Happiness and money

Feb 01 2010 by Peter Vajda Print This Article

These are tough times. Millions of folks are experiencing pain and suffering – lost jobs, reduced wages, foreclosures, bankruptcies, lack of health care and on and on. According to Abraham Maslow's Hierarchy of Needs, the most basic need is that of survival. These folks are experiencing that desperate state – simply looking to survive.

Curiously, there's another group among us which is surviving, has covered their basic needs, but who experience a similar state of desperation – namely, unhappiness. This group is those who feel that more money is the one element that will bring them happiness.

Recently, researchers from the University of Warwick in the UK found that for many of this latter group, some form of inner work – therapy or counselling – is far more effective (32 times more effective!) in reducing unhappiness and distress than an increase in income.

In other words, it seems that that once our "basic needs" (a la Maslow) have been met, income increases don't do a whole lot to increase our sense of happiness and well-being.

In their study, the researchers found a four-month experience of therapy or counselling produced a greater impact on individual's sense of well-being than an increase in income such as a pay rise or even winning the lottery. Even the monies won for "pain and suffering" in lawsuits do not repair emotional or psychological harm.


  • What do I want money to do for me?
  • What is happiness to you?
  • What things, qualities, service, purpose do you value in life?
  • What is the role of money in your search for meaning? Does it even have a role?
  • How do you relate to money?
  • Does money scare you?
  • How does money rule your life?
  • Is money your servant or your master?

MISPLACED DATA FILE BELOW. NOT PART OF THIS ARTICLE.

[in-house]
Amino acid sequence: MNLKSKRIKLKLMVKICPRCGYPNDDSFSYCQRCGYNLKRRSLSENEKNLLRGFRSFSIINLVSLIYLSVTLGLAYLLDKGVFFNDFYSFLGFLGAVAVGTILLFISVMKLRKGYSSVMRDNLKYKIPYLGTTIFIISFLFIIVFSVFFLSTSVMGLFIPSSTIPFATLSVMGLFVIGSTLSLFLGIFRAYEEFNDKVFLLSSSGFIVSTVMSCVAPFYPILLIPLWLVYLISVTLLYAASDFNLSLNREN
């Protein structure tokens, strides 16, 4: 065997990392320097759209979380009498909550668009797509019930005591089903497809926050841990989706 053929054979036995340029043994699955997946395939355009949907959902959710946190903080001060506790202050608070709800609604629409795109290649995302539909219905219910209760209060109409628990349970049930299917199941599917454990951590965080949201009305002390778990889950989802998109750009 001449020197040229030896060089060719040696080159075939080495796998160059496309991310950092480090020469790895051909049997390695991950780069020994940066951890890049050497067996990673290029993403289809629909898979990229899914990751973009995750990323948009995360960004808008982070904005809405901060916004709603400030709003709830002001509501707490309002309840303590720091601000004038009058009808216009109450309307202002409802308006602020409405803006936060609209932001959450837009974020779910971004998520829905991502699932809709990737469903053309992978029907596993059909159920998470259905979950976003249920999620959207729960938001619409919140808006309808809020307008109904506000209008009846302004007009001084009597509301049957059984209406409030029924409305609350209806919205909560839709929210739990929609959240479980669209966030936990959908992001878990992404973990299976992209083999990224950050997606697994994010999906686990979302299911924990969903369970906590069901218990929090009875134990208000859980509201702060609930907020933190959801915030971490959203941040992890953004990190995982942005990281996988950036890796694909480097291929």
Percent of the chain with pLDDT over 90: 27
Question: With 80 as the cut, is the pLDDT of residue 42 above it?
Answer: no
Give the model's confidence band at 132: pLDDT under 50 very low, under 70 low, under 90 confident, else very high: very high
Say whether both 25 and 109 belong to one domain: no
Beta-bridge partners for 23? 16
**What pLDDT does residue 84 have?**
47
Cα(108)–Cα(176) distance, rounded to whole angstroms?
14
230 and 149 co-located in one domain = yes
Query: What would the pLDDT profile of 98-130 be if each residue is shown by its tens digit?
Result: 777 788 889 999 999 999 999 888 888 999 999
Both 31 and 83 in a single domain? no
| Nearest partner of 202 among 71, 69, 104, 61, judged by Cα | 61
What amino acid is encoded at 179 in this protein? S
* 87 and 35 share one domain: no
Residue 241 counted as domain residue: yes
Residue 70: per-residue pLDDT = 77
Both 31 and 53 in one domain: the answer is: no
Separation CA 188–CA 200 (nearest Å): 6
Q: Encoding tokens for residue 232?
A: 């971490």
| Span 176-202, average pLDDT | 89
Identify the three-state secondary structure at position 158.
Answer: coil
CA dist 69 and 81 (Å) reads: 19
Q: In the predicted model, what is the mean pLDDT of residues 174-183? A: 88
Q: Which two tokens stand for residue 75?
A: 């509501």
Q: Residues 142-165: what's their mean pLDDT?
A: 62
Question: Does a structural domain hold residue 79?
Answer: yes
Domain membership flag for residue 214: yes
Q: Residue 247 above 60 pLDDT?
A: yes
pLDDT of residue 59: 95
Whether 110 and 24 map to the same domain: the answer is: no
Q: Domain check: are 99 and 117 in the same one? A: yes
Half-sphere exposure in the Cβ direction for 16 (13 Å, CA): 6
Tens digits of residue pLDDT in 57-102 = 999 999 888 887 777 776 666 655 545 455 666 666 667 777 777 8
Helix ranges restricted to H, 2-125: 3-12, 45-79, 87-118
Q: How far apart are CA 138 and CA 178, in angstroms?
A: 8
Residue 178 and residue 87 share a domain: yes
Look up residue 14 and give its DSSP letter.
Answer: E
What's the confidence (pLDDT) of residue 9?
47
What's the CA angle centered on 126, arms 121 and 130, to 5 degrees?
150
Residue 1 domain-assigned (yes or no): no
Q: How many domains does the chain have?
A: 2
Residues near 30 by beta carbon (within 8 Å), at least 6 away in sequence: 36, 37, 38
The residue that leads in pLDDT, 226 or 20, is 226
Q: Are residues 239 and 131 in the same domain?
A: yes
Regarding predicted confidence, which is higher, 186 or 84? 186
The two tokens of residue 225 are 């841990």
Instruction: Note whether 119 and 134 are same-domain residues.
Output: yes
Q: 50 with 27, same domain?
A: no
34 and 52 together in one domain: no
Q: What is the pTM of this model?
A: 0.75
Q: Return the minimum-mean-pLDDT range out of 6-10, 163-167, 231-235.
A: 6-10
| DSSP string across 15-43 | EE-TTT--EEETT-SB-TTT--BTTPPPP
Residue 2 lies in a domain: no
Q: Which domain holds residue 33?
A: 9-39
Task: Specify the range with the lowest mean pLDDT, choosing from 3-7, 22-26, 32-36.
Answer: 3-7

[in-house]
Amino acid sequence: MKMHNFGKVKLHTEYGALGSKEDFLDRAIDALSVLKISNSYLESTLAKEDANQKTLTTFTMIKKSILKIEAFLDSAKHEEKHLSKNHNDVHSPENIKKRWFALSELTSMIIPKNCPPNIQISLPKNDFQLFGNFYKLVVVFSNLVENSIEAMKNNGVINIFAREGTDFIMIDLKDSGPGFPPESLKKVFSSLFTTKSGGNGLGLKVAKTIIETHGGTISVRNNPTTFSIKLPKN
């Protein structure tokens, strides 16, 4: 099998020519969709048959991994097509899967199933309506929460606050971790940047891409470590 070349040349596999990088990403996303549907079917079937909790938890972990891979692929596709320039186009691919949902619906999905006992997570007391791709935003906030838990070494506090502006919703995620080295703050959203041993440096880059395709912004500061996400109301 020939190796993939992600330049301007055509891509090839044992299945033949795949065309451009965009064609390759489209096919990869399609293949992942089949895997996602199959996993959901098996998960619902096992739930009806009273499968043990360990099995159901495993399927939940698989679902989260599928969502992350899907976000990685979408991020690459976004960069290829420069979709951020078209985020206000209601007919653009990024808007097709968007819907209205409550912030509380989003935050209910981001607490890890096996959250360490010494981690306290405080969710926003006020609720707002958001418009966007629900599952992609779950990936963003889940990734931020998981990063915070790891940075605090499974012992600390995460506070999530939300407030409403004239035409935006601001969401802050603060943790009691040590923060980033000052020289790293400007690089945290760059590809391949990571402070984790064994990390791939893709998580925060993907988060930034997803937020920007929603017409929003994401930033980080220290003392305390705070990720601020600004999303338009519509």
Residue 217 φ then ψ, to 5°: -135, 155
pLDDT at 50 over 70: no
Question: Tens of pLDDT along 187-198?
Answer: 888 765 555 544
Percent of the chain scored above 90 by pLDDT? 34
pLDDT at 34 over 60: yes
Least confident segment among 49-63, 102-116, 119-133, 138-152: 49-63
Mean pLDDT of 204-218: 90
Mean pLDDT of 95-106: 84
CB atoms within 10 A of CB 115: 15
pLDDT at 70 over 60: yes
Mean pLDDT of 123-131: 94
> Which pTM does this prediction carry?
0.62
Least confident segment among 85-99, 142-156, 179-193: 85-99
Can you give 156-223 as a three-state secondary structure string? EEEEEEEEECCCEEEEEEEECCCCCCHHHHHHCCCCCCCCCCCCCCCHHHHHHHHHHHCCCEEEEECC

• What was your and your family's experience around money like when you were growing up?

What I find interesting when I read about the state of our country's health is that many base their assessment of "health" on the basis of the GDP and similar economic and financial statistics. Me? I choose to look at the country's mental health statistics – indicators like rates of obesity, cancer, heart disease, depression, suicides, abuse or addiction.

Why? Because the results of the Warwick research also point to a steady decline in mental health and happiness in developed countries over the past fifty years. Individual and collective economic growth has not increased national happiness.

On a personal level, Daniel Gilbert, author of the recent book Stumbling on Happiness, suggests that "by and large, money buys happiness only for those who lack the basic needs (Maslow). Once you pass an income of $50,000, more money doesn't buy much more happiness. Our culture implores us to buy bigger, newer, better things, but research shows "stuff" does not buy happiness."

In the end, there's a vast segment of our population that spends their lives doing things that they hate to make money they don't want to buy things they don't need to impress folks they don't like all in the attempt to experience happiness. Is that you?

If it is, ask the ultimate trite but important question, "How's that working for you vis-a-vis experiencing true and real happiness?"

"If all the gold in the world were melted down into a solid cube, it would be about the size of an eight room house. If a man got possession of all that gold -- billions of dollars worth -- he could not buy a friend, character, peace of mind, clear conscience or a sense of eternity." - Charles F. Bunning.

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About The Author

Peter Vajda
Peter Vajda

Peter G. Vajda, Ph.D, C.P.C. is a seminar leader, workshop facilitator and speaker. He is the founding partner of True North Partnering, an Atlanta-based company that supports conscious living through coaching, counselling and facilitating.